[an error occurred while processing this directive] [an error occurred while processing this directive]
Porting Intel Applications to 64 bit Linux PowerPCt
Introduction
About PowerPC Architecture
About SLES 8
Compiler Sets and Architecture Awareness
Porting with the GCC Compiler Set
Porting with the Visual Age Compiler Set
Java
Conclusion
Reference
About the author
Rate this article
Subscribe to the developerWorks newsletter
developerWorks Toolbox subscription

Level: Intermediate

Matt Davis (matdavis@us.ibm.com )
Technical Consultant, IBM
June 6, 2003

Linux PowerPC provides a platform for the development and deployment of 32 bit applications that would benefit from a 64 bit environment. This article addresses porting software from the Intel platform to Linux PowerPC with both of these compiler sets.

Introduction
Linux PowerPC provides a platform for the development and deployment of 32 bit applications that would benefit from a 64 bit environment. Equipped with a 64 bit kernel and application space, large commercial and computation intensive applications can utilize larger address spaces on the Linux PowerPC platform. Applications can be compiled with either the GNU Compiler Collection provided by the Free Software Foundation, or the VisualAge compiler set available from IBM. GCC’s strength rests in its standardization across several types of hardware, and therefore the robust portability of code written to be compiled with GCC compilers. However, the nature of the GNU license and the standardization of GCC prohibit the GCC compilers from taking full advantage of specialized architectures, e.g. IBM eServers that feature PowerPC architecture. Since the VisualAge compilers may offer a performance increase upwards of 30% compared to GCC on this high performance hardware, many vendors will want to compile binaries with the VA compilers. This document addresses porting software from the Intel platform to Linux PowerPC with both of these compiler sets.

About PowerPC Architecture
Performance Optimized with Enhanced RISC (POWER) architecture is the result of more than a decade of hardware engineering dating to the POWER1 chips released in 1990. The POWER1 was IBM’s first commercial RISC processor and debuted at 25 Mhz clock speed. POWER4, the current IBM RISC processor offering operates at speeds between 1.1 and 1.45 Ghz. With the extensive parallelism and optimization in the hardware of the current implementations, PowerPC can deliver more computation per cycle than other chip architectures. Announced in 2001, POWER4 chips feature two 64 bit microprocessors per CPU board and support SMP configurations up to 32 way. In addition to the POWER4 hardware, Linux PowerPC also runs on IBM eServer hardware featuring POWER3 and RS64IV hardware. These architectures both feature 64 bit SMP capability and copper fabrication technology, but whereas the RS64IV processors are still actively developed, POWER3 is considered the legacy predecessor to POWER4. Each of the PowerPC derived chips offers industry leading performance and provides a world class hardware platform for the deployment of Linux PowerPC.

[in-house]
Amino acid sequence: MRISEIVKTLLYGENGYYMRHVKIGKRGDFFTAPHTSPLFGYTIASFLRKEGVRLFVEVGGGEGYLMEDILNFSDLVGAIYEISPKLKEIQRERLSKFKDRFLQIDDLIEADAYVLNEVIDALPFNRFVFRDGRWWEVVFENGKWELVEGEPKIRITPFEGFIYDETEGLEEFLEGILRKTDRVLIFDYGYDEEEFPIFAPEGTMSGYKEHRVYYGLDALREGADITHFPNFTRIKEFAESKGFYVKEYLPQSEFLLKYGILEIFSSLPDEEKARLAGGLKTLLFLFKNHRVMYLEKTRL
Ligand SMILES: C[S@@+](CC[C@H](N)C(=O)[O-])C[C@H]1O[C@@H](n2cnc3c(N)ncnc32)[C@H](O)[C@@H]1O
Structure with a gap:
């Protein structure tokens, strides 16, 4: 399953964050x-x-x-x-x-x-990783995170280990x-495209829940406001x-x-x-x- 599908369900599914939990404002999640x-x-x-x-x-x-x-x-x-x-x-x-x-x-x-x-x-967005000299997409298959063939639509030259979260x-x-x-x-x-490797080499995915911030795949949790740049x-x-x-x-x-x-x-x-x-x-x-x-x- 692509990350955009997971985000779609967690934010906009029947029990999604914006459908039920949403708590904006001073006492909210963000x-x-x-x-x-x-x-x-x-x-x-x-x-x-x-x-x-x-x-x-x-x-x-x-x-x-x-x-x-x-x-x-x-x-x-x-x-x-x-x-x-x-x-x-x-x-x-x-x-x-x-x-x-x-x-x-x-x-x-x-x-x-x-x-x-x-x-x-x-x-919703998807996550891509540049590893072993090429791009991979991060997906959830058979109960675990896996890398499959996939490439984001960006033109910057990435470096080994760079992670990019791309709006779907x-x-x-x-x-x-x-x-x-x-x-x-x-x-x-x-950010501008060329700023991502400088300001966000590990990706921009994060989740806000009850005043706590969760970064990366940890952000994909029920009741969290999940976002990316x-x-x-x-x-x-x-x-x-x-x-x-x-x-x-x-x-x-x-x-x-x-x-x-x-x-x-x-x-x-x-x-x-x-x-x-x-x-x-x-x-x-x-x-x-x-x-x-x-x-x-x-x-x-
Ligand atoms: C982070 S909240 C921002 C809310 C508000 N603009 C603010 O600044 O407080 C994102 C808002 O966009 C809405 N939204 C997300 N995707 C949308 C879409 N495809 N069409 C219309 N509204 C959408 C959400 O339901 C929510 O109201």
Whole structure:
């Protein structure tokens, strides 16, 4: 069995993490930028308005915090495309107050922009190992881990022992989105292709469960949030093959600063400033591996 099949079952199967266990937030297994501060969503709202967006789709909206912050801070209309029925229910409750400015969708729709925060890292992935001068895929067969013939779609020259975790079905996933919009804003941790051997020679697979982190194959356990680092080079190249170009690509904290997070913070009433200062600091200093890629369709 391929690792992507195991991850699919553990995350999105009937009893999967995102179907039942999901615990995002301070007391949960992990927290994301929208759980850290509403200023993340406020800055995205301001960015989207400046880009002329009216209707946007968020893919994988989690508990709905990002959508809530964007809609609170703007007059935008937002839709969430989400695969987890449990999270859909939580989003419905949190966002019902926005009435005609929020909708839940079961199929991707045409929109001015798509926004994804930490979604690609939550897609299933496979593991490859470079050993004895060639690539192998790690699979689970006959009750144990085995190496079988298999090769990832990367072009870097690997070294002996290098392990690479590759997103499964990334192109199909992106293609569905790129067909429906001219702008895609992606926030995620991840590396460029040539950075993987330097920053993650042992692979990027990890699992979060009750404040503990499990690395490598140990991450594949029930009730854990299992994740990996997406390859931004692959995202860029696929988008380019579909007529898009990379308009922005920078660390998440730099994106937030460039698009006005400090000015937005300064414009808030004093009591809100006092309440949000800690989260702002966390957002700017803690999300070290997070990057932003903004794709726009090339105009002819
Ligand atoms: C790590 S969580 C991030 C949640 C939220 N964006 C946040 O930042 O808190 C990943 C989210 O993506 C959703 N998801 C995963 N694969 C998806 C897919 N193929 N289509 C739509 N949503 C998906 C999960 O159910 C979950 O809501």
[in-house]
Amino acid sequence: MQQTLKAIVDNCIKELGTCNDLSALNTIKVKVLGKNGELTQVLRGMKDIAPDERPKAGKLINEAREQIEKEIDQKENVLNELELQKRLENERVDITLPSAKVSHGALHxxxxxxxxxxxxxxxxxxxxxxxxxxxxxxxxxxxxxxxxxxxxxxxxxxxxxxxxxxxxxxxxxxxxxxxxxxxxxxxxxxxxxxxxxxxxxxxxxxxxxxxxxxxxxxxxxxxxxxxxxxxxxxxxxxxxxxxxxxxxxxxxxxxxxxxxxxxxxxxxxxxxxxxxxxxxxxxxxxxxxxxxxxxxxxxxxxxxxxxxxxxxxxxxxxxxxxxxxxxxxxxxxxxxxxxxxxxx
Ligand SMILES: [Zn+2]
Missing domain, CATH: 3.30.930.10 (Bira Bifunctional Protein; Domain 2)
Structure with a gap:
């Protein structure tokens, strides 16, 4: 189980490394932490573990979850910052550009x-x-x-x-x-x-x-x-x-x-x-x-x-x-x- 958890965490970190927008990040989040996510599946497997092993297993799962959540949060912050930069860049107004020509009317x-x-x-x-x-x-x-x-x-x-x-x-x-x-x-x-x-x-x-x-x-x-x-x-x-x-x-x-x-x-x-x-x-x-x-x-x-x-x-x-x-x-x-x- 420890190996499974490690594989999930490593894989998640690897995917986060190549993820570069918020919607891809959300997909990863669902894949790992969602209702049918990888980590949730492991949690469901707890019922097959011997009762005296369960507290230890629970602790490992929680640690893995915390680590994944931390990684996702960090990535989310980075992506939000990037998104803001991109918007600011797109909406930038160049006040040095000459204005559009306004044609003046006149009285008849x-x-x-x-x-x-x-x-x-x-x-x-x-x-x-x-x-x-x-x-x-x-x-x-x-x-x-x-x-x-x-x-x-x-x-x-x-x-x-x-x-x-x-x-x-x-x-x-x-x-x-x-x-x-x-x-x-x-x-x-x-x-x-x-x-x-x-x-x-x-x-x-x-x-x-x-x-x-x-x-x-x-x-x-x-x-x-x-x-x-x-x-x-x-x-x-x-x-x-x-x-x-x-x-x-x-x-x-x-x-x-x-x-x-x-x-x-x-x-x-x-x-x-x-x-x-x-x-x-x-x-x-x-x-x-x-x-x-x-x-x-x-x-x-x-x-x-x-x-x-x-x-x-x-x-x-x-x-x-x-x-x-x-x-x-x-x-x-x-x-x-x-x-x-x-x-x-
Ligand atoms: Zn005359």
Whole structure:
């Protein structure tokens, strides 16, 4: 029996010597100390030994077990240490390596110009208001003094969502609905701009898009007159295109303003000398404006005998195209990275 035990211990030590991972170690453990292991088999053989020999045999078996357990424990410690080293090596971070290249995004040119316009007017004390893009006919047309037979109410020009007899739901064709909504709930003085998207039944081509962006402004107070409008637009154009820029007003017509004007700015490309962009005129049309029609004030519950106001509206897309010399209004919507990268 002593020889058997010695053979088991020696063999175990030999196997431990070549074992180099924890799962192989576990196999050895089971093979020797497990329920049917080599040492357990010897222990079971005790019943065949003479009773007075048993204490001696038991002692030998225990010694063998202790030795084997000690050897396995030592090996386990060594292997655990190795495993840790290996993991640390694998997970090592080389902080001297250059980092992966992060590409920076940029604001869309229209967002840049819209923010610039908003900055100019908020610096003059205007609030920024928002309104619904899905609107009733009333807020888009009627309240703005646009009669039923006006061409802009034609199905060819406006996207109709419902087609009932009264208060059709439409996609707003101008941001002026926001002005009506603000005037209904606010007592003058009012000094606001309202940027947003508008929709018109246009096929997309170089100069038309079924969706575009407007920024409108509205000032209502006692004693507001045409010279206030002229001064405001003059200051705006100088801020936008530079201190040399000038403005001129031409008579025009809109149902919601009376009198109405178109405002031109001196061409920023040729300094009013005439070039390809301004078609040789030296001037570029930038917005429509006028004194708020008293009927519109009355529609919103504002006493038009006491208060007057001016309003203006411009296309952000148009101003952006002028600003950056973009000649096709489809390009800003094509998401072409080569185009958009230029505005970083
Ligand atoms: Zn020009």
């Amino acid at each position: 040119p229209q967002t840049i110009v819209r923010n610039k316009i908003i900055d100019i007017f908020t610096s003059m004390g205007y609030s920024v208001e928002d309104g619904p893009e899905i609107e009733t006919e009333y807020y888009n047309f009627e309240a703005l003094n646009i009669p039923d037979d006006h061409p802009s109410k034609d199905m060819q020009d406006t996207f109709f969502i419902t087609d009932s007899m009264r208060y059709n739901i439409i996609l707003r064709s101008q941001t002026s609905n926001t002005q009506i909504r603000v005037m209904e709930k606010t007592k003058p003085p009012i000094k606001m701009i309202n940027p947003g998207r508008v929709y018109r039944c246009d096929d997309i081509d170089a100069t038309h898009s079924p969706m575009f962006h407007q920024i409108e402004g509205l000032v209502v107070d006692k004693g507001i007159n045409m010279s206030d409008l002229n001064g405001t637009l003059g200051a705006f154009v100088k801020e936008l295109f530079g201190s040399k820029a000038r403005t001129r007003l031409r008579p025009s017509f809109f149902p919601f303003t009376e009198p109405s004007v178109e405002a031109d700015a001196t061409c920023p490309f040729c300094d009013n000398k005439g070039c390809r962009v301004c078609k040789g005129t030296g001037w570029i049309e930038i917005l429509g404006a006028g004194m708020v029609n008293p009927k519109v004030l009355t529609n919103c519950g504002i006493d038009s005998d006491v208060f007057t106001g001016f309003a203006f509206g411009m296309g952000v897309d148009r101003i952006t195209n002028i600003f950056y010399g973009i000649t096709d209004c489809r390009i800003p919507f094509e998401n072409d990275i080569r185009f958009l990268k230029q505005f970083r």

About SLES 8
SuSE Linux, available for more than 10 years, offers two levels of Linux distribution. SuSE Linux 8.0 is intended for workstation environments, and SuSE Linux Enterprise Server version 8 (SLES 8) for enterprise systems. SLES 8 for PowerPC is the product of more than three years of collaboration between SuSE, IBM, and the open source community. In addition to providing a 64 bit kernel for the PowerPC architecture, SLES 8 now includes a 64 bit runtime environment and GCC toolchain for building 64 bit versions of popular open source software (e.g. the Apache web server and MYSQL). Combined with IBM’s VA Compilers for performance critical applications, the 64 bit Linux PowerPC environment offered by SLES 8 on IBM iSeries and pSeries hardware delivers an unparalleled platform for developing and deploying Linux solutions. For more information on SuSE Linux, see http://www.suse.com/us/company/index.html

Compiler Sets and Architecture Awareness
Unlike other Linux platforms, Linux PowerPC offers not only GCC, but also the IBM VA Compiler set. GCC offers robust portability of code intended for compilation in Linux, while the VA Compilers offer a substantial performance increase over GCC. Both compilers offer 32 and 64 bit compilation modes, and the Linux PowerPC environment allows both 32 and 64 bit code to be run simultaneously without a performance loss.